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Why Bother ?  {Ruin Web site}

November 1999

Why a Web site featuring an obscure band that hasn't been active in years?

If not for the success of their brief ReUnIoN in '96/'97, I wouldn't have bothered. This activity consisted of three shows with packed houses in Philadelphia and a cd re-issue of their vinyl recordings. The ReUnIoN confirmed that their old fans remain steadfast in their support. More importantly, it confirms that Ruin is able to excite new listeners and that the band's efforts are still worthy of attention. Why else would WKDU still give them airplay?

Consider also that Superchunk (indie rock band) covered one of Ruin's songs,"Hero", back in '96 for an ep cd. A song 9 years old by this time.

A fan (thanks, Puffy) recently emailed that the Ruin symbol has a cameo role ;-) in the hollywood movie, SLC punk (don't think I wanna see that tho').

I suppose it's nods of recognition like these over the years that compel me to do some documentation about the band.

Ruin was more than music, or at least aspired to be more. Initially, it was a propaganda project . Students of the arts, philosophy and religion, doing lab work with music. Experimenting with a way to be activists for social and individual evolution.

Founded in 1980 by Dr. Glenn Wallis, (then a religious studies' undergrad), Ruin was ostensibly a model "old school" hardcore "punk" rock musical group. This model was characterized by hyper speed rhythms, banshee lead guitar, raging vocals and ideological lyrics. A dillion dime a dozen bands exemplified this style but few were distinguished masters such as Dead Kennedys, Bad Brains or Minor Threat.

During the time this style was in its infancy, Glenn heard the call and joined the mutual evolution. He began scrawling poems to be roared with thrash tempo rhythms; songs that wanted to transcend entertainment.

Glenn was nurtured on artists such as the STOOGES, LEONARD COHEN, the Ramones, Sex Pistols, Stiff Little Fingers, SHAM69, and the CLASH. While he was shaping his vision, he was listening to Crass, (anarchist art punk band), and Motorhead, (seminal speed metal band). Glenn became convinced that rock could be a vehicle to help stimulate the transformation of one's being to a higher stage of development, resulting in positive social behavior.

Lofty aspirations

While he was forming a band to meet that aim, he began his missionary work and pasted the city with posters.

(here's an example of one posted in the later years)

They started a buzz in the scene because of their striking images of real life horror accompanied by words that appeared to be scrawled by a mad mystic on the lam. Juxtaposed by another band poster, the lack of gig listing made one wonder, "What is this Ruin?...Is this a poem? ...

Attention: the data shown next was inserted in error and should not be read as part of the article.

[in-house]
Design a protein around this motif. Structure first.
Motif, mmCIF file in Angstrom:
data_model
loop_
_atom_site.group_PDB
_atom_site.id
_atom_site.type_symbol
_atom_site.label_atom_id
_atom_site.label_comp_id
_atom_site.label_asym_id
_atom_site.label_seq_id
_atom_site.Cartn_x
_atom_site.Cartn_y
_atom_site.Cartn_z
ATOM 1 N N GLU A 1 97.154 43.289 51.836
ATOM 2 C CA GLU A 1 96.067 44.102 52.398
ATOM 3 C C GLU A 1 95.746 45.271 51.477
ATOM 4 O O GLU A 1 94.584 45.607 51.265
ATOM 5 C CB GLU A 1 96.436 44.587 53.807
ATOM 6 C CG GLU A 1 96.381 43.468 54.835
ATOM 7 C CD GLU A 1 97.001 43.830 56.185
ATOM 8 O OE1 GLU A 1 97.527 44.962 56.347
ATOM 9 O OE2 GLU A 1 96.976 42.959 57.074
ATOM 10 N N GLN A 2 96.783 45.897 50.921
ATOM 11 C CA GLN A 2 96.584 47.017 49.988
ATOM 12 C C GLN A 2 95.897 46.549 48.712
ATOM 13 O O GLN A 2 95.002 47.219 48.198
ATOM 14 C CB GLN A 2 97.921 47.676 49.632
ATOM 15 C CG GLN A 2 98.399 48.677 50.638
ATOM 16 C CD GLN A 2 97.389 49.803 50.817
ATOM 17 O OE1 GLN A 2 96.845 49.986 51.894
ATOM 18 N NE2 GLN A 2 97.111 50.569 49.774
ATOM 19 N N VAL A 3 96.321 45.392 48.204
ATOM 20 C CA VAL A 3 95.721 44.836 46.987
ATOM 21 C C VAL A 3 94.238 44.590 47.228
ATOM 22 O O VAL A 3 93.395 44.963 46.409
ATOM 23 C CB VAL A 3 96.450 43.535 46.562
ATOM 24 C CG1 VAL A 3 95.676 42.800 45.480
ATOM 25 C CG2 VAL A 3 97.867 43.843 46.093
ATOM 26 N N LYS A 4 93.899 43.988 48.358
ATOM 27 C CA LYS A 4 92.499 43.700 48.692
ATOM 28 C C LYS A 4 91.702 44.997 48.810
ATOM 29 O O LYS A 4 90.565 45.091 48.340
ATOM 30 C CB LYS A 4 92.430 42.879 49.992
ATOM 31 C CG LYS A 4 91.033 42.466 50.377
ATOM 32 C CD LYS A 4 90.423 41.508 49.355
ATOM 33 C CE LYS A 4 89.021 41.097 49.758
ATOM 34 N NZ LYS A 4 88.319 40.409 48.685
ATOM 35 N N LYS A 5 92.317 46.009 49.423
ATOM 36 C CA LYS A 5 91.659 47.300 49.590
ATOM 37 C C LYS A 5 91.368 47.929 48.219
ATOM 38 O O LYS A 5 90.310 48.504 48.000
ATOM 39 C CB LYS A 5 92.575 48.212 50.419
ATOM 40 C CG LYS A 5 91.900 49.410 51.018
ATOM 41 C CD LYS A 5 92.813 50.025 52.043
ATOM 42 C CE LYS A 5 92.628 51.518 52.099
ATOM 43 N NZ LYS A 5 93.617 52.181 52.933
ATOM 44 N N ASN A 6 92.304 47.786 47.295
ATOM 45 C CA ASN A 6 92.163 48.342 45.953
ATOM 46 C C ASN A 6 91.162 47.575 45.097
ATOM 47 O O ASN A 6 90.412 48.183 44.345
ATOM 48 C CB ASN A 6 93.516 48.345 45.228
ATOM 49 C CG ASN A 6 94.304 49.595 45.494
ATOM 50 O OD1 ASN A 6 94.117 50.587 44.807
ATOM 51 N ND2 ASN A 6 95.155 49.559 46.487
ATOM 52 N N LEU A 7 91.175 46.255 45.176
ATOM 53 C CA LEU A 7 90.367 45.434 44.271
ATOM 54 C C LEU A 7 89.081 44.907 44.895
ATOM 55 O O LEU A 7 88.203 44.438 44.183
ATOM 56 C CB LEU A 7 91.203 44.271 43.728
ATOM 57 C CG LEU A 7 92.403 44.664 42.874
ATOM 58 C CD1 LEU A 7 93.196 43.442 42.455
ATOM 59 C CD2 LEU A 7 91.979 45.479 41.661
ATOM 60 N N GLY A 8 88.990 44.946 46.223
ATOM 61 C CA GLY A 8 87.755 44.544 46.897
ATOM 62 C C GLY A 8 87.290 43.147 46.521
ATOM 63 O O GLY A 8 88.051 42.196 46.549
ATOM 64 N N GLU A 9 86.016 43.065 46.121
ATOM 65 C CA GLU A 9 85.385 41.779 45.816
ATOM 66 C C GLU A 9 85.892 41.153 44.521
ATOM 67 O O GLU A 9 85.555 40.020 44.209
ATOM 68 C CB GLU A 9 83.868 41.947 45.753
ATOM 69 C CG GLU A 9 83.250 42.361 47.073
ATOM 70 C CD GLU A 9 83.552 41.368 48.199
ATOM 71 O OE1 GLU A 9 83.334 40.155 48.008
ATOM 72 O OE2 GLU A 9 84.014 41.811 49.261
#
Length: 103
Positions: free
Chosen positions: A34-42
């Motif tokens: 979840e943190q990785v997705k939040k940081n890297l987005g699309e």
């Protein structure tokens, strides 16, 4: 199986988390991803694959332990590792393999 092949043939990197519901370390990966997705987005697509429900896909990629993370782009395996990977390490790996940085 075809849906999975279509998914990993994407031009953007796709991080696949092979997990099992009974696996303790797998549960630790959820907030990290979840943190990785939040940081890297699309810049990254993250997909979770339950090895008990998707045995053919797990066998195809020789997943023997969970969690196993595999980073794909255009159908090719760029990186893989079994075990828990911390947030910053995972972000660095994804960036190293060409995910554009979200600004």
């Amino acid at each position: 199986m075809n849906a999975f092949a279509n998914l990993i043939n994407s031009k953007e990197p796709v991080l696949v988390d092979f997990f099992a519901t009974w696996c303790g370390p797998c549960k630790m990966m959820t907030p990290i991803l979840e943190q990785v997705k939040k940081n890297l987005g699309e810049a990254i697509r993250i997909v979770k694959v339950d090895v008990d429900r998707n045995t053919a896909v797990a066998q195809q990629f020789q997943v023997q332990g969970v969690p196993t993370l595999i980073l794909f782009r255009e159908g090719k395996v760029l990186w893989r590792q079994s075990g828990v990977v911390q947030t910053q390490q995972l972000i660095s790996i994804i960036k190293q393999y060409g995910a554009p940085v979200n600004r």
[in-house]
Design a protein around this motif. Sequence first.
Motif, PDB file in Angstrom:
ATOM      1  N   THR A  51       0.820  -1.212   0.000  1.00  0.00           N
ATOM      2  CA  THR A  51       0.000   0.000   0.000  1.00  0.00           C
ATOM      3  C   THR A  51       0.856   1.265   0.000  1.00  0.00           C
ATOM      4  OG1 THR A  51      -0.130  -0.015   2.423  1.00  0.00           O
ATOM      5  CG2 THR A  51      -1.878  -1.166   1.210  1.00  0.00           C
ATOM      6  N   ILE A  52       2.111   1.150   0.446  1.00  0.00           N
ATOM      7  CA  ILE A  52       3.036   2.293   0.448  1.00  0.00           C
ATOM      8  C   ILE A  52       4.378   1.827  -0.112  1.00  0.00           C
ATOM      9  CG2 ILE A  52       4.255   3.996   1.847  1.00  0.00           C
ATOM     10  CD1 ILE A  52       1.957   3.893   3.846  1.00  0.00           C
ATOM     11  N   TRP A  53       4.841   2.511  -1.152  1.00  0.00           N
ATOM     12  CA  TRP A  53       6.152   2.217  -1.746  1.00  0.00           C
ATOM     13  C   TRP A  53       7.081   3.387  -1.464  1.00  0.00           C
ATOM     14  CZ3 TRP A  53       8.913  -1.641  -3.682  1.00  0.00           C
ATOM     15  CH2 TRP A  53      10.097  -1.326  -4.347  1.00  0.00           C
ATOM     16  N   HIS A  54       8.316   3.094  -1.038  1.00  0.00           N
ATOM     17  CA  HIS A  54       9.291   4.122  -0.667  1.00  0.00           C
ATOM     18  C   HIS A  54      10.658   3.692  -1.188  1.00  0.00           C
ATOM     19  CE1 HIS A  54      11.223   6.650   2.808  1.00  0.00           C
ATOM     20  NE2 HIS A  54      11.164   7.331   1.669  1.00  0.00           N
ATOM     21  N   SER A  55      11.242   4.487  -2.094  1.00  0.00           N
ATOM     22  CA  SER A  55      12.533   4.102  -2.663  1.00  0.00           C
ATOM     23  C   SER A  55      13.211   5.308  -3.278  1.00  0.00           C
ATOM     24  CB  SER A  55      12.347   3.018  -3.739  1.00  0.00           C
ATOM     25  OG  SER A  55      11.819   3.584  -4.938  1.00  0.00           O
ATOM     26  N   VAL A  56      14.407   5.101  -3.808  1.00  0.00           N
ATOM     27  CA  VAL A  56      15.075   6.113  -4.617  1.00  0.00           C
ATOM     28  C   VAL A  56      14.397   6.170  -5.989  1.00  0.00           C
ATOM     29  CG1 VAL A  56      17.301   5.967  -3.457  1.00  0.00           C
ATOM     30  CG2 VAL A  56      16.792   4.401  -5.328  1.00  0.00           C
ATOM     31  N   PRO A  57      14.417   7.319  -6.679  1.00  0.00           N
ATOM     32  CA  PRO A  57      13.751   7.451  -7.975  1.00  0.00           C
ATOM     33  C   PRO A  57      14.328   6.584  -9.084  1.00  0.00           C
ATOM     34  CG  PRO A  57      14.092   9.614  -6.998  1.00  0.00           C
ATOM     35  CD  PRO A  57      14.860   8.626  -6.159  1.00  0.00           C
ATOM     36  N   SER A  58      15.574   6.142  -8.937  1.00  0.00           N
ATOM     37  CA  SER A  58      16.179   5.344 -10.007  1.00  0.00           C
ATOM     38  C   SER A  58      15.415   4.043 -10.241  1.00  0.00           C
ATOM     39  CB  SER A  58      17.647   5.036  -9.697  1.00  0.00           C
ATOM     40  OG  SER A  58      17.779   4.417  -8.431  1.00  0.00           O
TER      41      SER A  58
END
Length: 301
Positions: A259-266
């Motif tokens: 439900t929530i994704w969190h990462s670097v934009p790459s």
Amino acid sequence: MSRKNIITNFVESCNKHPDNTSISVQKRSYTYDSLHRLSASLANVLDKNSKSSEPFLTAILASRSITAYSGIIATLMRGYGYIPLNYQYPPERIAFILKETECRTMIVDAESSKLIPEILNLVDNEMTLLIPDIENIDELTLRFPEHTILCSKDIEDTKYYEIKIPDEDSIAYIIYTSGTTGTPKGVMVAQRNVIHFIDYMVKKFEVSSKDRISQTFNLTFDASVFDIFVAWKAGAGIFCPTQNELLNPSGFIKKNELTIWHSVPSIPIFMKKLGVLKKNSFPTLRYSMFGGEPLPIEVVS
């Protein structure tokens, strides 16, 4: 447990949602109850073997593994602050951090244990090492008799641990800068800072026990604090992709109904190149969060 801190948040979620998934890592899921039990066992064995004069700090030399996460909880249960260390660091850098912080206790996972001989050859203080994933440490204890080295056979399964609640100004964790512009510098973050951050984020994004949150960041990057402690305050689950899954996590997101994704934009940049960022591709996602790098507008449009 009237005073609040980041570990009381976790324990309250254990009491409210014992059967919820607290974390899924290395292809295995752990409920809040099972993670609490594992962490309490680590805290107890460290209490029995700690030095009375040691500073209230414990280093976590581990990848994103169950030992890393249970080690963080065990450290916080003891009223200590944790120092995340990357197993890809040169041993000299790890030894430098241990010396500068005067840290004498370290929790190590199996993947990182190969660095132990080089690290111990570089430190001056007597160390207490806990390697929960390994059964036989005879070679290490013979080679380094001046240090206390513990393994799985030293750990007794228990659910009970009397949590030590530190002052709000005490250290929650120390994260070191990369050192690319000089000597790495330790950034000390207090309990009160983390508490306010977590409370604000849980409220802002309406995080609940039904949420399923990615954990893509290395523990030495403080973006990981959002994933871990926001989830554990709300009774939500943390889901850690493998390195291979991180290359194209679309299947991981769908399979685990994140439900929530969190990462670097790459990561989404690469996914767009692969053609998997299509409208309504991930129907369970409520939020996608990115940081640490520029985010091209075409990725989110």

What is this symbol ?"...

The Rest is Mistory

Ruin achieved headliner status locally in Philadelphia's mid sized music halls. Live, they experimented with noise, genre bending, pamphleteering, theatrics, and audience participation. They toured across the States a couple of times, and in their small way, helped to promote Buddhism as a means to enrich one's life.

Their last recording featured their flirting with mainstream rock. Theoretically, they were hoping to reach a wider audience to spread Buddhist ideas further, but basically they were becoming serious about pursuing a career as a rock band. This was frustrating as Ruin eventually found that rock as a business was overwhelming their creative efforts.

During their last year as a group, the band members re-evaluated their vocation and decided to pursue other courses, assuming they had done as much as they could as punk rockers on a mission.

Over a thousand dollars in debt, they disbanded before punk got pop, and missed capitalizing on the growing market for old-school punk in new boots. Still, I hear Ruin played on WKDU 91.7 FM. Just last week I was tuned in to a DJ (I didn't catch her name, but she was) telling us about one of her favorite Philadelphia bands,

"..Violent Society, who I think probably is the best punk band in Philly, definitely now ...definitely over the past several years, I don't know, they're up there with [pause] Ruin . . ."

Yesterday's Now Music Today

Glenn is currently a college professor teaching courses in Buddhism. He used to have a mission.

....still does....


The Sign of Ruin . . .

During a religious study class, student Glenn Wallis had a flash of cosmic consciousness while doodling in his notebook.

Upon returning to his ordinary state of consciousness, he discovered that he had been a medium for a transmission from another realm.

A whole page had been filled with the "automatic" doodling of a cryptic glyph, repeated many times over.

Glenn later adopted this glyph as the insignia for his hardcore rock band, Ruin... from there, this symbol, sign, insignia, (whatever), found its way to be graffiti, fingered in cement, painted on jackets and tatooed on living flesh.

It was rendered on canvas by Mike Stevens for the cover of Ruin's "Fiat Lux" lp, and later used for the "Songs of Reverie and Ruin..." disc label art .

Is it the secret sign of a benevolent occult organization?

Prof. Glenn has no comment.

 

 

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